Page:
Very few choices in life are as difficult or as crucial as when and how to propose to that special someone.

It’s a choice that could make or break a relationship, so you want to make sure the time is just right. That “right time” is different for each person, but there are a few key times and places that are almost universally wrong. Times like:

  • Valentine’s Day. It may seem to you like a day meant for love and romance is the perfect day to propose, but in actuality, it’s the most overdone and cliché. You’d be much better off picking a day that means something between the two of you. The anniversary of your first date, as an example.
  • Anywhere that leaves your significant other no room to say, “no.” That may not be the ideal answer, but the recipient should at least be given the choice. Places like the Jumbo-tron at a sports game put entirely too much pressure on your significant other to accept, whether or not that’s the answer they’d honestly like to give. It may lead to a “false positive”, in which a person agrees in public so as to save face but privately withdraws it later. Make sure you know the answer if you’re going to go big. On that note, don’t let what happened to reality TV star Danny Bonaduce happen to the love of your life: He was informed one morning that he’d be walking down the aisle that evening, and while he was a very good sport about it, he admits to feeling a little bit kidnapped.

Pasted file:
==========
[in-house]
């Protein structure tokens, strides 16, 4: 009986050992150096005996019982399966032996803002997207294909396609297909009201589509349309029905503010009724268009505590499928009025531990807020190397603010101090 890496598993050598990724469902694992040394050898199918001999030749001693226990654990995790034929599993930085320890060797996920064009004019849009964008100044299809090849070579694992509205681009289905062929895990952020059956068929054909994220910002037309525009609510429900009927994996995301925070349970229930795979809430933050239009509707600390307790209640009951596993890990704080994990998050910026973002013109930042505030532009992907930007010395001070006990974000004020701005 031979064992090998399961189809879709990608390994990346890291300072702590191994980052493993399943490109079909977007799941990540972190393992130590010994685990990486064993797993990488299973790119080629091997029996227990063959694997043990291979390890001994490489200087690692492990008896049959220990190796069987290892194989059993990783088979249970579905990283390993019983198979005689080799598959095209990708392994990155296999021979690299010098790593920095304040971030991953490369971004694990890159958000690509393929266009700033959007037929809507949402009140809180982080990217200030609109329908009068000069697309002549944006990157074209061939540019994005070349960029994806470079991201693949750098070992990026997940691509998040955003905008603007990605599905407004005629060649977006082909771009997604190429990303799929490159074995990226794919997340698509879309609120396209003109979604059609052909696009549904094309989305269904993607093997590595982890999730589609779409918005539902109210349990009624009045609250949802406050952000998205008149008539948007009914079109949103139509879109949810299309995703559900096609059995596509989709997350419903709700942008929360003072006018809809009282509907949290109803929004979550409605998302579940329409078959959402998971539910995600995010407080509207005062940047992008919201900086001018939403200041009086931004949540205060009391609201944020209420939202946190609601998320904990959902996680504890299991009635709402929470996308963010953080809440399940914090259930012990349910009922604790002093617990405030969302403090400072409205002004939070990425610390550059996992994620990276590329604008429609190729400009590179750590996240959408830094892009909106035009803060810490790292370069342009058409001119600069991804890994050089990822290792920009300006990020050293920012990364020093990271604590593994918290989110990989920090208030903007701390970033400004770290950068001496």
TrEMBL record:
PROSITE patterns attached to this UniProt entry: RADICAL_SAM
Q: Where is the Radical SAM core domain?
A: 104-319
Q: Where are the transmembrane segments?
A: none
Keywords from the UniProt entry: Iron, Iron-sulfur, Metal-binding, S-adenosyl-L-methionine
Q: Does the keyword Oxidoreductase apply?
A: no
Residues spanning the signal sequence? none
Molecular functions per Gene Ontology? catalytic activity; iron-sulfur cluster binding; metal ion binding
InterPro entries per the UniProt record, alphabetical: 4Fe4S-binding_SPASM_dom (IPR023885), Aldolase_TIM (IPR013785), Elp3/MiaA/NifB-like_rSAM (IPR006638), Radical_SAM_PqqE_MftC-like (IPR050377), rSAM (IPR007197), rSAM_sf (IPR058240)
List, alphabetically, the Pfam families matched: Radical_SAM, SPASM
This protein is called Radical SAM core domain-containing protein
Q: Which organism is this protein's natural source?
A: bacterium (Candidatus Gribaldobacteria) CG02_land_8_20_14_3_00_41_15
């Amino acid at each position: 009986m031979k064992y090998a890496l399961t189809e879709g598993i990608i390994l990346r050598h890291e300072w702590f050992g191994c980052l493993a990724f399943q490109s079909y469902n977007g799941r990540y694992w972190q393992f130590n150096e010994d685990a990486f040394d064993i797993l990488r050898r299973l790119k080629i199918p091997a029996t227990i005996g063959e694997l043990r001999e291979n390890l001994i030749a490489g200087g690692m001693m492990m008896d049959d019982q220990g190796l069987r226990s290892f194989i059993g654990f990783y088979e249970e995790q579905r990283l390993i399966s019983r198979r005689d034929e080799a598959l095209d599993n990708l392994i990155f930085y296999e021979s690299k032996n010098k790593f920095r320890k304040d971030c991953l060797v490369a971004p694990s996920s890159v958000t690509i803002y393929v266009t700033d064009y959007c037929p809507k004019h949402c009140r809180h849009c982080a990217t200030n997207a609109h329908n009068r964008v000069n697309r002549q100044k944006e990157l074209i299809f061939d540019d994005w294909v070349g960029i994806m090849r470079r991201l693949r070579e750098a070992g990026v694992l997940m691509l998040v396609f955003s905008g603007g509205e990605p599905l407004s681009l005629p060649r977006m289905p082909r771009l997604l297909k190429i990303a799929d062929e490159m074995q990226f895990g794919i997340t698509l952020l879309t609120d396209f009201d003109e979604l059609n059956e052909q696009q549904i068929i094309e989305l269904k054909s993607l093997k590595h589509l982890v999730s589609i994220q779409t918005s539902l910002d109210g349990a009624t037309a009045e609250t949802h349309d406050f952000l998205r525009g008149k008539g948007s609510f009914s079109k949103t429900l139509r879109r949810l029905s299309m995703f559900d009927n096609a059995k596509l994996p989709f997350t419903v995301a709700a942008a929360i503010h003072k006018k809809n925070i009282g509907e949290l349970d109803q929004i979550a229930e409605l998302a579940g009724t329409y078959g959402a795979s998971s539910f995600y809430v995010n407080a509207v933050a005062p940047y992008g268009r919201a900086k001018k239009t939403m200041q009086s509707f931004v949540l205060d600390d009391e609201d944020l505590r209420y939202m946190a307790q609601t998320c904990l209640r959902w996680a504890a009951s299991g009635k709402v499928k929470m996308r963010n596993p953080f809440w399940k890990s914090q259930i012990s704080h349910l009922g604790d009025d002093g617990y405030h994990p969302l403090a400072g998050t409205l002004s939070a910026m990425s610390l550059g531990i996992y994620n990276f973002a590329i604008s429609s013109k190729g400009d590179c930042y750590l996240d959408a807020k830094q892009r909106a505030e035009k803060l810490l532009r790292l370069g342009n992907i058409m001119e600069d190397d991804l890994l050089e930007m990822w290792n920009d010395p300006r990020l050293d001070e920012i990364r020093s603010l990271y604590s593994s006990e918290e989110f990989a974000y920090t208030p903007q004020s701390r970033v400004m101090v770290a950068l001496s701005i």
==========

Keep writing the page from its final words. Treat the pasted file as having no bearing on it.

• Before you’ve even purchased the ring. You may think that spur-of-the-moment is romantic, but it comes off as incredibly unprepared and possibly even says, “I’m not taking this seriously.” Plan a little in advance and pick up a ring, even if you’re on a budget–there are many rings on the market that aren’t too pricey, like affordable tungsten wedding bands for men and women.
  • On any form of social media. Not Twitter, not Facebook, not even YouTube. It turns what should be a sweet, tender moment between two individuals into a public spectacle. And on top of that, nothing says, “I’m too lazy to get up and do it in person” like proposing over the internet in any shape or form. There’s also the added consequence that dozens of acquaintances and possibly even total strangers know about the engagement even before much of your close family does, which may spur a few negative feelings.
  • To talk your significant other out of a break-up. If you’ve made a mistake, work through it first before proposing. This sort of proposal just seems false and underhanded, however genuine you may have meant it. On top of that, he or she won’t be able to look at the engagement ring without thinking of the negative emotions surrounding the proposal.

There are some proposal mishaps that even tungsten wedding bands for men can’t salvage. Follow these tips, and you’ll make sure yours isn’t one of them.

This piece was composed by Gerald Sampson, a freelance writer based in the great city of Nashville, Tennessee.